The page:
NationalVOLUME 18 ISSUE # 46

Rising tide of poverty in Pakistan: A cry for change

According to the World Bank, Pakistan’s poverty level rose to 39.4 percent in the outgoing fiscal year, which pushed 12.5 million more people below the poverty line. Available official data shows that a large percentage of those who recently joined the ranks of the poor are those who lost their jobs due to sustained negative growth in the large-scale manufacturing sector – down 15 percent for 2022-23 and 10.3 percent for July this year.

Among the many factors behind the rising poverty level, an important one is a slowdown in private sector economic activity caused by paucity of credit which was hogged by the government to finance its current expenditure. According to media reports, private sector credit nosedived by 178.6 percent in the last fiscal year because the then Finance Minister Ishaq Dar decided to raise the budgeted current expenditure for the ongoing year by 26.5 percent against the revised estimates of last year, and more than 50 percent against the budgeted amount for last year. Experts say that this was a blunder by Ishaq Dar who put his party’s political compulsions above the larger national interest.

Pakistan’s average real per capita growth rate was just 1.7pc between 2000 and 2020 — less than half the average per capita growth rate (4pc) for South Asian countries over the period and well below the average of peer-group countries with similar economic structures. As a result, Pakistan’s per capita incomes have fallen behind. While Pakistan’s per capita income was among the highest in South Asia during the 1980s, it is now among the lowest in the region.

On a larger canvas, the rising poverty level in Pakistan has much to do with the elite classes’ domination of the economy and policy decisions favouring the vested interests of political, feudal and business leaders. This economic model must change if Pakistan is to get out of the present mess and embark on a new growth path. According to the World Bank, Pakistan is facing a twin human resource capital and economic crisis as illustrated by raging inflation, rising electricity prices, severe climate shocks, and insufficient public resources to finance development and climate adaptation.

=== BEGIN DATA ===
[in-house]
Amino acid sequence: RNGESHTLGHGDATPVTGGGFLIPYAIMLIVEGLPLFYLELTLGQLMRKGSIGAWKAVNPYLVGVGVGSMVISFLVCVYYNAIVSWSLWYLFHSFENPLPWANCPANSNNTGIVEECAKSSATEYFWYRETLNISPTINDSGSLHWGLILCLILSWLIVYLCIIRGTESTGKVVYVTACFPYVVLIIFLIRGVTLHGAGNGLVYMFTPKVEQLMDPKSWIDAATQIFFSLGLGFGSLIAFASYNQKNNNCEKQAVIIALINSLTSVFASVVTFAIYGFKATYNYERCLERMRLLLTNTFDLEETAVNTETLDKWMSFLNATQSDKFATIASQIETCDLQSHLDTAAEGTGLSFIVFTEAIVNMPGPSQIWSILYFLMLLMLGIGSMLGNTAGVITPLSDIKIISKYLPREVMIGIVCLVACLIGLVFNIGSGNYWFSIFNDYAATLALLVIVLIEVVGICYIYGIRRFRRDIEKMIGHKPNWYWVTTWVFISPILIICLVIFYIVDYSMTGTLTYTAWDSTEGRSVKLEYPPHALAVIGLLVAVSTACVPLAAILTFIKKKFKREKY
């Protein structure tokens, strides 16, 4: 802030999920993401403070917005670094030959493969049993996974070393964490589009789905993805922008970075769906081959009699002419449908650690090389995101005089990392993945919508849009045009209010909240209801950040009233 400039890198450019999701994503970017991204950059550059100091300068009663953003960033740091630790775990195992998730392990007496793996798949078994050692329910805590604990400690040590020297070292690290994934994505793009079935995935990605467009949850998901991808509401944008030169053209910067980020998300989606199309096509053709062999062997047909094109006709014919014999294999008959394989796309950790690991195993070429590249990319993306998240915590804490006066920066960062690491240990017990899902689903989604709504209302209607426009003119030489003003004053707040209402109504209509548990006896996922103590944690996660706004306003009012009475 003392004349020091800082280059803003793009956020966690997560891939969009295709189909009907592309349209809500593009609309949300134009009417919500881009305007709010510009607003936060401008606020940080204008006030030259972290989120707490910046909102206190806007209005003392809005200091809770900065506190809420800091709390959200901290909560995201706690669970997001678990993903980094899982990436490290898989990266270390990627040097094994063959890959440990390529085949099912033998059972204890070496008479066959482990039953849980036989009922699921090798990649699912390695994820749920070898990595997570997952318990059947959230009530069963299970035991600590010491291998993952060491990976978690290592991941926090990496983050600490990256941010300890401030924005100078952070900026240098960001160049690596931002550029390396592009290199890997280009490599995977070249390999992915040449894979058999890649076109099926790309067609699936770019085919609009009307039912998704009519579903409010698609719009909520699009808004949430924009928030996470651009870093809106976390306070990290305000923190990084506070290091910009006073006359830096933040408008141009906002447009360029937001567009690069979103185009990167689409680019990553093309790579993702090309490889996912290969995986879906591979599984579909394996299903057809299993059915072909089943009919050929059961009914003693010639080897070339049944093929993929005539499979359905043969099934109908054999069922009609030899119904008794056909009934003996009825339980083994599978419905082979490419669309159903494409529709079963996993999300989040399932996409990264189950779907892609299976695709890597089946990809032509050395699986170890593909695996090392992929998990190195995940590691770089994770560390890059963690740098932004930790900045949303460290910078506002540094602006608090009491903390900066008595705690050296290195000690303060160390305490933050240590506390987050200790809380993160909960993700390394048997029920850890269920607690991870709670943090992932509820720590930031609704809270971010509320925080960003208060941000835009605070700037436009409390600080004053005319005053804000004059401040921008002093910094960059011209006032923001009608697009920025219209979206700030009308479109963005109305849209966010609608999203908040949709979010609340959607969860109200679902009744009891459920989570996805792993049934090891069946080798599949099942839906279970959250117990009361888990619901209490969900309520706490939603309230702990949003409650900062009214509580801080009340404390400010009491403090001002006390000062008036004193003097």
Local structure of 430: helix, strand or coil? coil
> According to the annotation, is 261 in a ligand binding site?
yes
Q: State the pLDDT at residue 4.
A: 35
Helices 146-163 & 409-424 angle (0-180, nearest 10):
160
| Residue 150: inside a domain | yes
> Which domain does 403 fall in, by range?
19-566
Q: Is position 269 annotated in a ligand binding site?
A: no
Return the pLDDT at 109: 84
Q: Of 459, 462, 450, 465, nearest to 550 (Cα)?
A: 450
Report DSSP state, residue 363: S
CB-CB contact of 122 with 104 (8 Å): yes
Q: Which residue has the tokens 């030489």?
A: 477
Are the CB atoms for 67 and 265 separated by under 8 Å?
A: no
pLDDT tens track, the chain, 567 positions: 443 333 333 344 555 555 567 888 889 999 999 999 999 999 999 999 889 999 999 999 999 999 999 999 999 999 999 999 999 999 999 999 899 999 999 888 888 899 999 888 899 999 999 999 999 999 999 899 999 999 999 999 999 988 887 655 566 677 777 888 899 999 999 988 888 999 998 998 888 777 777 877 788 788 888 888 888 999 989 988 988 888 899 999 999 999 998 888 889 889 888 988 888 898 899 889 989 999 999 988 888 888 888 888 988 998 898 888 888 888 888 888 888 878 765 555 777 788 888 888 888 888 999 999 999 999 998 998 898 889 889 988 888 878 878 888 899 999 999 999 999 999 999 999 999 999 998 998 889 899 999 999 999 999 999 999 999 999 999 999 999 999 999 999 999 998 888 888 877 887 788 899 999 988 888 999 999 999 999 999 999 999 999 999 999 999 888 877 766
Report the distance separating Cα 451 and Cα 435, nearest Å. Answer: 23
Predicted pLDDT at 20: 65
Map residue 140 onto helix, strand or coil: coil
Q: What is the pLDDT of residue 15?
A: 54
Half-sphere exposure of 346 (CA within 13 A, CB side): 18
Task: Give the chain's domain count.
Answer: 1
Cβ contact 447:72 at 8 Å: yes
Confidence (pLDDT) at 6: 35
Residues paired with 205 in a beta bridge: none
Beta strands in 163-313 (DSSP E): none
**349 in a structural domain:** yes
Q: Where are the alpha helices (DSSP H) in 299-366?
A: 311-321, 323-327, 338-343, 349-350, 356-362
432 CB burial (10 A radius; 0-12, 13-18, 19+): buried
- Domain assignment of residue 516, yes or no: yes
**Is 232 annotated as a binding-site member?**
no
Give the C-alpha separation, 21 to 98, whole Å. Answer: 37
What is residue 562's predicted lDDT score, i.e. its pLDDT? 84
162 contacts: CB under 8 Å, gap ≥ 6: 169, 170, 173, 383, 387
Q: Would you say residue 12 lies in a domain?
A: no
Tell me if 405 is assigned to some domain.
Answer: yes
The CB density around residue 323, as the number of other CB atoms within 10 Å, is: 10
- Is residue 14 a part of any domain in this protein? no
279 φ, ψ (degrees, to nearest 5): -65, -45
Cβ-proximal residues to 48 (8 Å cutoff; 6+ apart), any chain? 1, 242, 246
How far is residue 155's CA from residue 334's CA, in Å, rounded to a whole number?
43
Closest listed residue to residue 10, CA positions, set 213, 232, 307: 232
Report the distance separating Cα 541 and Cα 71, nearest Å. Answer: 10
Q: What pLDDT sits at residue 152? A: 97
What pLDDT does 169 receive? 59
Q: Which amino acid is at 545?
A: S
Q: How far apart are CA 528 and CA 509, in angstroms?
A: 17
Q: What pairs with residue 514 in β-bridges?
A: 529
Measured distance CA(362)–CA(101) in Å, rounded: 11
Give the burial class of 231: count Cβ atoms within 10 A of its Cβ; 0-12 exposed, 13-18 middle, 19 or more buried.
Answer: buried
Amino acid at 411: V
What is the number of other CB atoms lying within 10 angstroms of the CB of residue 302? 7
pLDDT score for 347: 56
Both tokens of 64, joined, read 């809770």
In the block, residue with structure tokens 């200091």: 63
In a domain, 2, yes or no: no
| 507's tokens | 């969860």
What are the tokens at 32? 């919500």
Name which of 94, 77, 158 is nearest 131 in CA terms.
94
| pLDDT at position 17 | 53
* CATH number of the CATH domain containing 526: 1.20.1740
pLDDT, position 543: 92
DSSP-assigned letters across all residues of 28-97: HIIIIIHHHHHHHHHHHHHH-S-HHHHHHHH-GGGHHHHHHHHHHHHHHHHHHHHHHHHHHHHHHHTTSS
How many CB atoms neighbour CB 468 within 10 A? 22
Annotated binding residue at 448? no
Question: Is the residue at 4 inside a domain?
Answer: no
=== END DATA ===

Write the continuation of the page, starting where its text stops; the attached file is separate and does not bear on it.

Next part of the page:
To quote the World Bank,“Pakistan is also facing a ‘silent’ human capital crisis: abnormally high child stunting rates, low learning outcomes, and high child mortality.” Pakistan’s human development outcomes lag well behind the rest of South Asia and are roughly equivalent to those in many Sub-Saharan African countries with the costs disproportionately borne by girls and women, close to 40pc of children under five years of age stunted and the largest number (20.3m) of out-of-school children in the world.

The World Bank’s solution is a change in the present economic development model which is characterized by frequent balance of payments crises and unsustainable fiscal and current account deficits. This leads to periodic contractionary adjustments, slowing growth, creating uncertainty and undermining investments.

The bank has proposed that revenue mobilisation should be raised to 22pc of GDP against the existing rate of 9-10pc. According to an estimate, about 3pc of GDP could be immediately recovered by properly taxing properties and agriculture which could contribute 2pc and 1pc of GDP respectively. Simultaneously, expenditures could be reduced through reforms by 1.3pc immediately and about 2.1pc over the medium term and the funds so generated should be utilised in health, education and sanitisation outcomes.

Needless to say, heavy government reliance on bank borrowing at high interest rates for deficit financing is one of the key factors behind high inflation. This dependence can be lessened by reforming and privatising public sector entities that account for over 45pc of GDP, most of them loss-making and needing public money to stay afloat.

At the same time there is an urgent need to reduce recourse to indirect taxes as a source of revenue whose incidence on the poor is greater than on the rich. Also the government needs to cut wasteful expenditure, particularly open-ended perks and privileges to bureaucracy which gobble up billions of rupees every month.

Pakistani governments are in the habit of passing on the buck for upping the utility tariffs to the IMF programme. This is a lame excuse as they refuse to attack the root cause of the electricity crisis which is signing contracts that unduly favoured the Independent Power Producers. There was massive corruption involved in these deals. There is a consensus of opinion among energy experts that these agreements should either be scrapped or renegotiated to provide some relief to the common consumer.

It may be added here that the price of fuel includes the 60 rupee per litre petroleum levy for meeting the government’s ever-rising current expenditure to the tune of 869 billion rupees in the current year alone. Another example of gross economic mismanagement is the sugar cartel that charges a price well above what market conditions and also gets export subsidies. There are numerous ways to redress the ills of the economy if there is the requisite political will. But unfortunately that will is not there.